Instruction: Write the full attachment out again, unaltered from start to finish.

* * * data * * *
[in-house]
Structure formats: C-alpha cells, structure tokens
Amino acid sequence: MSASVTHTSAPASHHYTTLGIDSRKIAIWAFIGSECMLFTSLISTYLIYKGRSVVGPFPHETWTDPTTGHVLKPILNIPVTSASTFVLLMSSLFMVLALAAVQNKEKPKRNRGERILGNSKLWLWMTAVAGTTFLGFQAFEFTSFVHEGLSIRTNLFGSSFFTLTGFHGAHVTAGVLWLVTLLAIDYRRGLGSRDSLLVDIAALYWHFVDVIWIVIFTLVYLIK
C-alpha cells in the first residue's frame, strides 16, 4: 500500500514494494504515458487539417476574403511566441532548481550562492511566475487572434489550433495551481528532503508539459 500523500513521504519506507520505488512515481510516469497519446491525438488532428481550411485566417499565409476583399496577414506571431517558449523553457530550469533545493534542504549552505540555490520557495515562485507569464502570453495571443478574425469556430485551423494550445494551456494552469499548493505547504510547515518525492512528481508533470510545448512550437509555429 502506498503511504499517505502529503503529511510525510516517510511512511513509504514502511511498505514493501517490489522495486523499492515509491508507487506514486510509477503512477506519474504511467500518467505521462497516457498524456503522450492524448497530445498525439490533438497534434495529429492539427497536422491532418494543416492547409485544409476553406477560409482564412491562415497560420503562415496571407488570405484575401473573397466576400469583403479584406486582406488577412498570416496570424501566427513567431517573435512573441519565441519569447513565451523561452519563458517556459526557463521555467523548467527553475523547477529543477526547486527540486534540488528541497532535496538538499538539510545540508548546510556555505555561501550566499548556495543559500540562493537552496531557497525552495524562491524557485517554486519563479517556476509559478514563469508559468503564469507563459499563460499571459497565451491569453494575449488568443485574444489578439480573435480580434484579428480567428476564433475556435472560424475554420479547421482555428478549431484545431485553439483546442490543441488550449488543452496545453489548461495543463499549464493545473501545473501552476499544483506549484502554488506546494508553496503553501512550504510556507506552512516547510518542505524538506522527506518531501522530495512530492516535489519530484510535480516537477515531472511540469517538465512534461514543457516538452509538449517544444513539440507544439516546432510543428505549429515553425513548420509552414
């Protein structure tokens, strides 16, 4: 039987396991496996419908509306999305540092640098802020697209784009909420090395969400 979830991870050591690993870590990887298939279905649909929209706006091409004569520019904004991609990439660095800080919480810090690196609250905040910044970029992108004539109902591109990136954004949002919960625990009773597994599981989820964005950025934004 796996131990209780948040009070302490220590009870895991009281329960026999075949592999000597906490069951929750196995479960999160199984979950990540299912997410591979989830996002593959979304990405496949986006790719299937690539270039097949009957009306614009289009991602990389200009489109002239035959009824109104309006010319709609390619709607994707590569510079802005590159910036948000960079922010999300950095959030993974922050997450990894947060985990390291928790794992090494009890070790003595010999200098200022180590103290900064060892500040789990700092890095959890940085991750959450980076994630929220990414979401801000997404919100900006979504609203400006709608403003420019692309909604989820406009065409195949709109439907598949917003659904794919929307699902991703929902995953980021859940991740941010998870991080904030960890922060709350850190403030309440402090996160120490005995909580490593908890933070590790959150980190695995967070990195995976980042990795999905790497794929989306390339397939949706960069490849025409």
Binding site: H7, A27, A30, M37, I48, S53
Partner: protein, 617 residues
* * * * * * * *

[in-house]
Structure formats: C-alpha cells, structure tokens
Amino acid sequence: MSASVTHTSAPASHHYTTLGIDSRKIAIWAFIGSECMLFTSLISTYLIYKGRSVVGPFPHETWTDPTTGHVLKPILNIPVTSASTFVLLMSSLFMVLALAAVQNKEKPKRNRGERILGNSKLWLWMTAVAGTTFLGFQAFEFTSFVHEGLSIRTNLFGSSFFTLTGFHGAHVTAGVLWLVTLLAIDYRRGLGSRDSLLVDIAALYWHFVDVIWIVIFTLVYLIK
C-alpha cells in the first residue's frame, strides 16, 4: 500500500514494494504515458487539417476574403511566441532548481550562492511566475487572434489550433495551481528532503508539459 500523500513521504519506507520505488512515481510516469497519446491525438488532428481550411485566417499565409476583399496577414506571431517558449523553457530550469533545493534542504549552505540555490520557495515562485507569464502570453495571443478574425469556430485551423494550445494551456494552469499548493505547504510547515518525492512528481508533470510545448512550437509555429 502506498503511504499517505502529503503529511510525510516517510511512511513509504514502511511498505514493501517490489522495486523499492515509491508507487506514486510509477503512477506519474504511467500518467505521462497516457498524456503522450492524448497530445498525439490533438497534434495529429492539427497536422491532418494543416492547409485544409476553406477560409482564412491562415497560420503562415496571407488570405484575401473573397466576400469583403479584406486582406488577412498570416496570424501566427513567431517573435512573441519565441519569447513565451523561452519563458517556459526557463521555467523548467527553475523547477529543477526547486527540486534540488528541497532535496538538499538539510545540508548546510556555505555561501550566499548556495543559500540562493537552496531557497525552495524562491524557485517554486519563479517556476509559478514563469508559468503564469507563459499563460499571459497565451491569453494575449488568443485574444489578439480573435480580434484579428480567428476564433475556435472560424475554420479547421482555428478549431484545431485553439483546442490543441488550449488543452496545453489548461495543463499549464493545473501545473501552476499544483506549484502554488506546494508553496503553501512550504510556507506552512516547510518542505524538506522527506518531501522530495512530492516535489519530484510535480516537477515531472511540469517538465512534461514543457516538452509538449517544444513539440507544439516546432510543428505549429515553425513548420509552414
């Protein structure tokens, strides 16, 4: 039987396991496996419908509306999305540092640098802020697209784009909420090395969400 979830991870050591690993870590990887298939279905649909929209706006091409004569520019904004991609990439660095800080919480810090690196609250905040910044970029992108004539109902591109990136954004949002919960625990009773597994599981989820964005950025934004 796996131990209780948040009070302490220590009870895991009281329960026999075949592999000597906490069951929750196995479960999160199984979950990540299912997410591979989830996002593959979304990405496949986006790719299937690539270039097949009957009306614009289009991602990389200009489109002239035959009824109104309006010319709609390619709607994707590569510079802005590159910036948000960079922010999300950095959030993974922050997450990894947060985990390291928790794992090494009890070790003595010999200098200022180590103290900064060892500040789990700092890095959890940085991750959450980076994630929220990414979401801000997404919100900006979504609203400006709608403003420019692309909604989820406009065409195949709109439907598949917003659904794919929307699902991703929902995953980021859940991740941010998870991080904030960890922060709350850190403030309440402090996160120490005995909580490593908890933070590790959150980190695995967070990195995976980042990795999905790497794929989306390339397939949706960069490849025409």
Binding site: H7, A27, A30, M37, I48, S53
Partner: protein, 617 residues